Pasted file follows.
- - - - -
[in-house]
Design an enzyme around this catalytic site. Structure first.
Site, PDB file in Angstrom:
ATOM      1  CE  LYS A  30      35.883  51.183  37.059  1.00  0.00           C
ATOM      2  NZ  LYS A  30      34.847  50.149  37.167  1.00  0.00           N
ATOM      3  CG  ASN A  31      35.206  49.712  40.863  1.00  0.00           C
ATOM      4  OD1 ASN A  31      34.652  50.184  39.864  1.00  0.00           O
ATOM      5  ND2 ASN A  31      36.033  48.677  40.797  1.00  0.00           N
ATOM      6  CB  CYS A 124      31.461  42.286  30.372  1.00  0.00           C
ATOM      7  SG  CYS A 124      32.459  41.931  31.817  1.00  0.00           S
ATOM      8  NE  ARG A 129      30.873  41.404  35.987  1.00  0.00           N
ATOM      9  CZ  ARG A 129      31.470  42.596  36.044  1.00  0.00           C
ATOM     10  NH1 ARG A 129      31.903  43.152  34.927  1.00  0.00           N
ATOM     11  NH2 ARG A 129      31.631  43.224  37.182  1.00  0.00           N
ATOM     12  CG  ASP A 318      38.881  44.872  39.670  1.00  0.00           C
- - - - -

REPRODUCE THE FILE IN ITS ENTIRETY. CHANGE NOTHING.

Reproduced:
[in-house]
Design an enzyme around this catalytic site. Structure first.
Site, PDB file in Angstrom:
ATOM      1  CE  LYS A  30      35.883  51.183  37.059  1.00  0.00           C
ATOM      2  NZ  LYS A  30      34.847  50.149  37.167  1.00  0.00           N
ATOM      3  CG  ASN A  31      35.206  49.712  40.863  1.00  0.00           C
ATOM      4  OD1 ASN A  31      34.652  50.184  39.864  1.00  0.00           O
ATOM      5  ND2 ASN A  31      36.033  48.677  40.797  1.00  0.00           N
ATOM      6  CB  CYS A 124      31.461  42.286  30.372  1.00  0.00           C
ATOM      7  SG  CYS A 124      32.459  41.931  31.817  1.00  0.00           S
ATOM      8  NE  ARG A 129      30.873  41.404  35.987  1.00  0.00           N
ATOM      9  CZ  ARG A 129      31.470  42.596  36.044  1.00  0.00           C
ATOM     10  NH1 ARG A 129      31.903  43.152  34.927  1.00  0.00           N
ATOM     11  NH2 ARG A 129      31.631  43.224  37.182  1.00  0.00           N
ATOM     12  CG  ASP A 318      38.881  44.872  39.670  1.00  0.00           C